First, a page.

As is well-known in the art, the random property of the bit values in the LFSR circuit 101 is due to tap circuitry 102 used to generate the feedback bit bf. That is, particular ones of the bits held in the LFSR circuit 101 are provided to, and are combined by, combinatorial logic circuitry 106 (e.g., XOR circuitry) to determine the value of the feedback bit bf. In the example of FIG. 1, bits b15 and b3 are combined to determine the value of the feedback bit bf. Also, although not shown in FIG. 1, the combinatorial logic circuitry may also combine the unstable outputs of ring oscillators in order to further randomize the random number sequence.

However, a problem with the conventional random number generator 100 of FIG. 1 is that a sequence of numbers read from the LFSR 101 will not be sufficiently random unless enough SYSCLK periods have passed between each read from the LFSR circuit 101.

SUMMARY OF THE INVENTION

The present invention is a random number generator circuit for generating a sequence of random numbers. A linear feedback shift register includes shift register circuitry that holds a plurality of shift register bits. The shift register circuitry shifts the shift register bits responsive to a periodic system clock signal, shifting out one of the shift register bits while shifting in a feedback bit whose value is provided at a feedback input of the shift register. Tap circuitry generates the feedback bit by logically combining selected ones of the shift register bits. Sampling circuitry provides at least a portion of the shift register bits as one of the sequence of random numbers.

Interface circuitry provides a random number from the shift register, to a processor via a processor bus, in response to a processor request signal being asserted. Significantly, the interface circuitry includes wait control circuitry that receives the asserted processor request signal and that inserts wait states onto the processor bus if the asserted processor request signal occurs less than a minimum number of periods of the system clock signal from a previous asserted processor request signal. Preferably, the "minimum number of periods" is determined from a register which is programmable by the processor. Thus, the randomness of the sequence produced by the linear feedback shift register is enhanced in those situations where the processor requests random numbers close together in time.

A better understanding of the features and advantages of the invention will be obtained by reference to the following detailed description and accompanying drawings which set forth an illustrative embodiment in which the principles of the invention are utilized.

BRIEF DESCRIPTION OF THE FIGURES

FIG. 1 is a block diagram illustrating a conventional random number generator circuit.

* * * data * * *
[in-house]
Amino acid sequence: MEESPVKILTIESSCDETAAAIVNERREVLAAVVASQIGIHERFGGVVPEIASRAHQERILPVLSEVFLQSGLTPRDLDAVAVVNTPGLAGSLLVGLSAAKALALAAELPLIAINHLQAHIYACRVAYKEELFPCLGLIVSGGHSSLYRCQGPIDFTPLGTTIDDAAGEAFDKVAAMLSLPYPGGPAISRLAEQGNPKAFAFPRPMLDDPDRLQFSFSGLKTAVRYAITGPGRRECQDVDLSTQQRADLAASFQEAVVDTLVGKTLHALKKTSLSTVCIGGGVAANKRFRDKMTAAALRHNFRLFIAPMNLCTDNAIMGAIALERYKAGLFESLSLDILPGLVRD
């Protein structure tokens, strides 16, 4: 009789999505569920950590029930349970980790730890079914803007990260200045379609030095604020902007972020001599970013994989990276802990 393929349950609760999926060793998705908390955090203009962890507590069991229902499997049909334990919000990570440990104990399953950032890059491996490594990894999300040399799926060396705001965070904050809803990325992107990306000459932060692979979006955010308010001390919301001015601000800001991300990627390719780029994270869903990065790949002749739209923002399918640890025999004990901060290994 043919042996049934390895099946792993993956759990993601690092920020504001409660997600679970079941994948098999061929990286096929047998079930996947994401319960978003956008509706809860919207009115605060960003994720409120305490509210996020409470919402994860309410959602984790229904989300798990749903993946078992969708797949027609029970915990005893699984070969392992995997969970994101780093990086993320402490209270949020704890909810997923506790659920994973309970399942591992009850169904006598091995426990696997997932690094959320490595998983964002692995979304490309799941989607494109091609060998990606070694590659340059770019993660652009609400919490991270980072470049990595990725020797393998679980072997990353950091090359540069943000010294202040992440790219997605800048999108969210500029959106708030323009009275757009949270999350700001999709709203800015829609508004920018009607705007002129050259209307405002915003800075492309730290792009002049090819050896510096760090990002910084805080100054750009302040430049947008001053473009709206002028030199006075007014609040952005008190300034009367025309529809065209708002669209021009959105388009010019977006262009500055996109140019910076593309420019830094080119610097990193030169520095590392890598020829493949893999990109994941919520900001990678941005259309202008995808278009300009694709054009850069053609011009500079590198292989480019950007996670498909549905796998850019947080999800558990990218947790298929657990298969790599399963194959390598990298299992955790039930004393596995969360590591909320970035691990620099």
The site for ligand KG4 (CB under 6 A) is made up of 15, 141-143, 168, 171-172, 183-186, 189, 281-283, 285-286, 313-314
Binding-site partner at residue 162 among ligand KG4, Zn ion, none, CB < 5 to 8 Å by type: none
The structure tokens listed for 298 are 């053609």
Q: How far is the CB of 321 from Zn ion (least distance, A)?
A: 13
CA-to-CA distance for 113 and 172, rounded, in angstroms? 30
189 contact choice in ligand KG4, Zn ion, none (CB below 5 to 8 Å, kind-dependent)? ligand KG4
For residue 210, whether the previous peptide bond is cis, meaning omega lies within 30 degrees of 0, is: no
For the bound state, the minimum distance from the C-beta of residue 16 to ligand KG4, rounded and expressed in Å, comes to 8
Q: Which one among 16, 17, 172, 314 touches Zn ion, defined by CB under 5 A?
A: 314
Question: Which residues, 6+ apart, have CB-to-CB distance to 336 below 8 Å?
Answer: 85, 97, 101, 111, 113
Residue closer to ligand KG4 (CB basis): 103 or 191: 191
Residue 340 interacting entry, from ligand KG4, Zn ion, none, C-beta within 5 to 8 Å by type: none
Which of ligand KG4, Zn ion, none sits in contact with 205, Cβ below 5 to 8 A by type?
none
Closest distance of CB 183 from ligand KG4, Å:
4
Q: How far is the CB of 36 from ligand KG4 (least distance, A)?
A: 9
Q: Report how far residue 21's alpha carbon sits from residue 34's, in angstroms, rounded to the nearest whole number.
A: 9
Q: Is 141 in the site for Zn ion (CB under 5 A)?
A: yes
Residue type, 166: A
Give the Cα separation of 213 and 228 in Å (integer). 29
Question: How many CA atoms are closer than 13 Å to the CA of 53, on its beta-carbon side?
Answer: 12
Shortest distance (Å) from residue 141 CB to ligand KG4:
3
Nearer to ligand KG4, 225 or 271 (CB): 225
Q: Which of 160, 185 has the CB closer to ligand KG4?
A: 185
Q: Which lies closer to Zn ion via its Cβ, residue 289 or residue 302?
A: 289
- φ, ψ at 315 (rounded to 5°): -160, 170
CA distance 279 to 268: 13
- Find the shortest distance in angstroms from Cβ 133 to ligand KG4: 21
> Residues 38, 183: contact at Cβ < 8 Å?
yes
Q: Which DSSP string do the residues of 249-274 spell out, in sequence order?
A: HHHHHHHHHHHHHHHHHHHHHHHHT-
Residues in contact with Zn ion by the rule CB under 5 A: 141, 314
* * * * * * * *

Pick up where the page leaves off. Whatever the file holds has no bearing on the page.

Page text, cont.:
FIG. 2 is a random number generator in accordance with an embodiment of the present embodiment.

FIG. 3 is a block diagram illustrating the bus interface circuit of FIG. 2.

FIG. 4 is a state diagram which illustrates the operation of the wait control circuitry of FIG. 3.

DETAILED DESCRIPTION

Referring now to FIG. 2, a random number generator circuit 100 (e.g., the conventional random number generator circuit illustrated in FIG. 1) generates random numbers responsive to transitions of a periodic system dock signal SYSCLK. A bus interface circuit 202 provides an interface between a processor bus 204 and the local bus 104 of a random number generator circuit 100 to provide random numbers to a processor 206 upon request by the processor 206.

Signal lines between the bus interface circuit 202 and the processor bus 204 are described in the following table:

              TABLE 1______________________________________BUS SIGNALS______________________________________SYSCLK     A periodic system clock siqlnal. This      signal is passed by the bus interface circuit      202 to the random number generator 100      unchanged.DATA       A bidirectional line for transfer of data      into bus interface 202 control register and      for transfer of random number data out of      the random number generator 100.ADR        Address signals generated by the processor      206.R/W        Control line that signifies whether the      address on the ADR line is a read address      or a write address.WAIT-- BUS      When asserted by the bus interface 202,      inserts wait states onto the processor bus      204.______________________________________

The WAIT-- BUS signal is of particular significance to the present invention. The significance of the WAIT-- BUS signal can be seen with respect to FIG. 3, which illustrates the bus interface circuit 202 in block form. In addition, FIG. 4 is a state diagram which illustrates the operation of the wait control circuitry 304 of the bus interface circuit 202.

Referring first to FIG. 3, the processor 206 requests a random number from the random number generator 100 by providing an address signal, corresponding to the address of the random number generator 100, onto the ADR signal portion of the processor bus 204. A decode circuit 302 recognizes the address and asserts a RND-- DCD-- ACTIVE control signal in response. The decode circuit 302 provides the RND-- DCD-- ACTIVE control signal to AND circuitry 308, where the RND-- DCD-- ACTIVE signal is AND'ed with a WAIT-- RND signal generated by a WAIT-- CNTL circuit 304. When the WAIT-- RND signal and the RND-- DCD-- ACTIVE signal are both asserted, the WAIT-- BUS signal is provided from the AND circuitry 308.